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Power Rakes

15222 Views 19 Replies 10 Participants Last post by  riderguy57
I was just introduced to the concept of power rakes. I have 18 acres, about 60% of it is open, rutted and a bit rocky. As I mow it with my JD3720 and Frontier RC2060 cutter, I am constantly (and I mean CONSTANTLY) being rolled, dipped and moved about in the seat. Anything over about 3 mph is unsafe as I can either be thrown off (yes I wear my seatbelt) or the FEL is being banged around due to the ruts, etc. After mowing, I am physically tired from all the gyrations. Even at slower speed, I am still moving about in my seat. Would a power rake be the implement to smooth out the ruts and give me a new surface to deal with? I am also wondering if those that do have a power rake use it truly enough to justify ownership, or is it something that would best be rented? Even if it is used for 20 hours (3 days of use at say $200 a day) it is not a small investment. But for those that own one, do you find that you are going over the same areas to maintain your grounds as erosion and other things have a tendancy to change the landscape? If that is the case, ownership is not out of the question for me, it's just a matter of practicality. To me it looks like an implement that is used more by landscapers to initially smooth over an area of ground. I'm just wondering if it is something for a landowner to also use in day to day or even month to month operations.

Thanks for any input you can give.
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Sounds like you could use a box blade first.

Depends a lot on your soil. I see you are in AZ so things would be different than for me.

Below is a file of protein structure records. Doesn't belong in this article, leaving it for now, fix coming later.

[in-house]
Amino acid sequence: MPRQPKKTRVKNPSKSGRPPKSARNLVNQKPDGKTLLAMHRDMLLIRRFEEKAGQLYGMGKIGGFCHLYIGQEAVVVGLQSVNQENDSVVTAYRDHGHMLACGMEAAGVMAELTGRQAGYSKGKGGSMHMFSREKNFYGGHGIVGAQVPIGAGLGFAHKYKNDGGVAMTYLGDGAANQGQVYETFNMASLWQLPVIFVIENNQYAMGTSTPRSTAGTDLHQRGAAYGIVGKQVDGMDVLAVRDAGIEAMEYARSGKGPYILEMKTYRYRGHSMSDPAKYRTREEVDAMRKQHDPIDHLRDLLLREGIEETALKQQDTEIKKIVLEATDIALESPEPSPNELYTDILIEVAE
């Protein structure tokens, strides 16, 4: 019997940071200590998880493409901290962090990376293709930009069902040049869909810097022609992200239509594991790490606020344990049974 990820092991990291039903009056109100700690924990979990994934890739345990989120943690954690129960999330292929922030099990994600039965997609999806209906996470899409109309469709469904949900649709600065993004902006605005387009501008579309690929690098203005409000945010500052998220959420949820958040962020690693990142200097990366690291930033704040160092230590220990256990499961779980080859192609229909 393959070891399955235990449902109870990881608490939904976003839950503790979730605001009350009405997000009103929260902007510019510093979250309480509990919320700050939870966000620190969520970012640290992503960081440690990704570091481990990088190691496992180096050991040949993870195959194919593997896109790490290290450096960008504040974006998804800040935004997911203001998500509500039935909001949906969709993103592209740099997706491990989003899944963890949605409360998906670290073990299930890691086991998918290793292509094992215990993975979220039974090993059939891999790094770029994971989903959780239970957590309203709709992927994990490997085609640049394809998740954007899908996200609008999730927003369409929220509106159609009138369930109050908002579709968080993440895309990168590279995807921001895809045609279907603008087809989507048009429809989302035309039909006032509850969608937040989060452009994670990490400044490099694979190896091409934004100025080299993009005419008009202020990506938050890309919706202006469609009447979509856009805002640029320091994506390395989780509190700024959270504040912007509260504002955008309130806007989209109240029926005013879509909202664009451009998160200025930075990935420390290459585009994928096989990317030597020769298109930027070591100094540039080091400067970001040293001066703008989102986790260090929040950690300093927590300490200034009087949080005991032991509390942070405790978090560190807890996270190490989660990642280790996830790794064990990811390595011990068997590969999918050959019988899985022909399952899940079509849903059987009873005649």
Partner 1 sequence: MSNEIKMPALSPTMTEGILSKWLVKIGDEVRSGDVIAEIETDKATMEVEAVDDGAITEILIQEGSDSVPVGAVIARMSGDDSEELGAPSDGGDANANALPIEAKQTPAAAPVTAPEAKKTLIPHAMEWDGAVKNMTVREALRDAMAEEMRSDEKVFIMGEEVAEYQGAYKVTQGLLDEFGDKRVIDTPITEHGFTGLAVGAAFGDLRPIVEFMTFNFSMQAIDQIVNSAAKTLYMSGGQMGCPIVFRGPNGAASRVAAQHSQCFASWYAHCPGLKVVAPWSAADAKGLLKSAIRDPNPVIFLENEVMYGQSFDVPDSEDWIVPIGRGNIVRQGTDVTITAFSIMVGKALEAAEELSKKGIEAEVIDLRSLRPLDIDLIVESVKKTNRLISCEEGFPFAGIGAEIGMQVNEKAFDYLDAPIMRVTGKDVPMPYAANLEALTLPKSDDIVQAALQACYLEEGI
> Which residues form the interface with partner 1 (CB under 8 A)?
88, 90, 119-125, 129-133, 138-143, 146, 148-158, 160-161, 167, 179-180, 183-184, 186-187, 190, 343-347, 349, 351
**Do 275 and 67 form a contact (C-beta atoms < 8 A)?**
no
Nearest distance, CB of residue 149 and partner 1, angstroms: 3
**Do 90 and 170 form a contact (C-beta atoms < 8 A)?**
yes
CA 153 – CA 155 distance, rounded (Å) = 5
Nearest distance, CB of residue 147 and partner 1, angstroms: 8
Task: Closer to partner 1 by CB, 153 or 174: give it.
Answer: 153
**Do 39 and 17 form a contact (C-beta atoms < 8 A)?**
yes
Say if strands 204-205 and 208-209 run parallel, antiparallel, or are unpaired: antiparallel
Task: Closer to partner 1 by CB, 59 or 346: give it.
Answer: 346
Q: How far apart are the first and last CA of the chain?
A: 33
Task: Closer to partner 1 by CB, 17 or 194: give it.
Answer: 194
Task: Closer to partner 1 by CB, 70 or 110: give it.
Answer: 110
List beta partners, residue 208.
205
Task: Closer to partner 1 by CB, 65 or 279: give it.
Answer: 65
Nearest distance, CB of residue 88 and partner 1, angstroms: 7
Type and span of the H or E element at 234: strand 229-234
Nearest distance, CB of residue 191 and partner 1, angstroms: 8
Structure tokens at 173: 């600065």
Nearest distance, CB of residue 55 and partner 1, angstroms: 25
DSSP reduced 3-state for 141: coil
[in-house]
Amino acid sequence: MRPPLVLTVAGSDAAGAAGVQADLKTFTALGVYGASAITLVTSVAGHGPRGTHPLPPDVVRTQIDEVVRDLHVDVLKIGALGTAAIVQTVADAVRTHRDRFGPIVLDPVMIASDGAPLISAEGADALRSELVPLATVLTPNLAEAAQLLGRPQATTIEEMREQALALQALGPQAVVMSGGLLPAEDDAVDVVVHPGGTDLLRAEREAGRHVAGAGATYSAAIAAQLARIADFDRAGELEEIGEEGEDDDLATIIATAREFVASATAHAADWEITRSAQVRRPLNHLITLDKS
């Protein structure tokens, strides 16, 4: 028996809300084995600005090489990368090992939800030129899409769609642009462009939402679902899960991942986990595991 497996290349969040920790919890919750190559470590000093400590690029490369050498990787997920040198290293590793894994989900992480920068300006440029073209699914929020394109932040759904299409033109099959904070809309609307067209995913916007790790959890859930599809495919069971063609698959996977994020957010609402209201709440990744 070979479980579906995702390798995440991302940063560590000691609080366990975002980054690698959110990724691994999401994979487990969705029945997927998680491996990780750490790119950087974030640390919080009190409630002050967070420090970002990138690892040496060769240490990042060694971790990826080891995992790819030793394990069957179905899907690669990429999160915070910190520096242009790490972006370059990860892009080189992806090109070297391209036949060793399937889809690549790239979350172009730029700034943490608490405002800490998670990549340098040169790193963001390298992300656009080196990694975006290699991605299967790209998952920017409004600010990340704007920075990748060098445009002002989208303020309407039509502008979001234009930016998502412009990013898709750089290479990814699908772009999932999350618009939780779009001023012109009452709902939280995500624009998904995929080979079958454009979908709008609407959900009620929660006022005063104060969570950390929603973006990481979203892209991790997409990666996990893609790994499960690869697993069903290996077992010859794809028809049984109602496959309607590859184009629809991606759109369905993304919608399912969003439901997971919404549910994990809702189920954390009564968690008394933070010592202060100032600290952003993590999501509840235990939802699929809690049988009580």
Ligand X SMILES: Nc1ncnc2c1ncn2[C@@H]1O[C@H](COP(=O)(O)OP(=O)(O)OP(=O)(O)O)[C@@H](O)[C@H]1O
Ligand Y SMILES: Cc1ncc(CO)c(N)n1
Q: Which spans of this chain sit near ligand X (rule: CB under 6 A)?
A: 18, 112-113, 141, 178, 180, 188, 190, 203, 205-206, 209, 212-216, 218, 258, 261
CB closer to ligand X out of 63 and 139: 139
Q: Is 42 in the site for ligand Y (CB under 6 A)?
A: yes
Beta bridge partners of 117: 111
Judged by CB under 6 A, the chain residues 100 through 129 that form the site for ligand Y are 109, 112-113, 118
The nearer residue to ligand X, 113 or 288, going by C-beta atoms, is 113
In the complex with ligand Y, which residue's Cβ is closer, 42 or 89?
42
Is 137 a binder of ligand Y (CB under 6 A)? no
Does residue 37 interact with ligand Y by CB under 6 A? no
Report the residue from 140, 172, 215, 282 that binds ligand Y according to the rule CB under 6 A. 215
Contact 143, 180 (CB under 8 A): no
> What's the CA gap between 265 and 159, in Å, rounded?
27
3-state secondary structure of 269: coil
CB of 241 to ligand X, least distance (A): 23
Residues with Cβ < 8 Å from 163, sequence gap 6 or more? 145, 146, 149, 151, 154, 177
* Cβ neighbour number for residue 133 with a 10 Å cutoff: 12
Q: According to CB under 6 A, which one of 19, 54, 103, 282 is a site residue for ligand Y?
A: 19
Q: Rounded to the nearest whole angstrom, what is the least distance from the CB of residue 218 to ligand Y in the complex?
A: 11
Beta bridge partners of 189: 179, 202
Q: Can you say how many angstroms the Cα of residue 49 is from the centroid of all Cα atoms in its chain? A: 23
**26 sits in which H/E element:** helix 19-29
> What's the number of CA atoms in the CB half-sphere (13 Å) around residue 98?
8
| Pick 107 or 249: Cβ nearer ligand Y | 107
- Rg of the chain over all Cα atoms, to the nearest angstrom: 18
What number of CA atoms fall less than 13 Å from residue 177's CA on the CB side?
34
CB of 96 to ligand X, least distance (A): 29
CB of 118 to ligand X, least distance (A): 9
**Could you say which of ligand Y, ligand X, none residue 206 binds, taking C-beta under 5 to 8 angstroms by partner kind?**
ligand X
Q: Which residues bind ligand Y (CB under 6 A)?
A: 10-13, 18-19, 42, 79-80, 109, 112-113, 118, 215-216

I just prepped 3 acres where we built our new house. All major grading was done by hiring someone with a CAT loader. I did about a weekends worth of "rearranging" soil with a bobcat I rented in the spring.

I used a box style blade on my tractor to do final leveling for seed and a landscape rake to rip out weeds and the lanscape rake did a good job at grading as well.

You have to watch how much you play with it. I had a really nice 2" soft almost tilled top layer which I am sure the seed loved. But if you have anything but flat ground its a double edge sword because as soon as it rains you are fighting erosion.

Key is getting it leveled out and then vegetation growing fast !

I hydoseeded in the spring and had to redo a bunch of stuff in the fall which included another half dump truck load of dirt raked into the ruts and reseeding those areas.

I expect to be doing more filling and seeding this spring.
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Guess I misread that. OK on Arkansaw.

I would say 18 acres is a pretty good task to level out regardless what what you are using.

Wonder if a really good suspension seat would help some of that?
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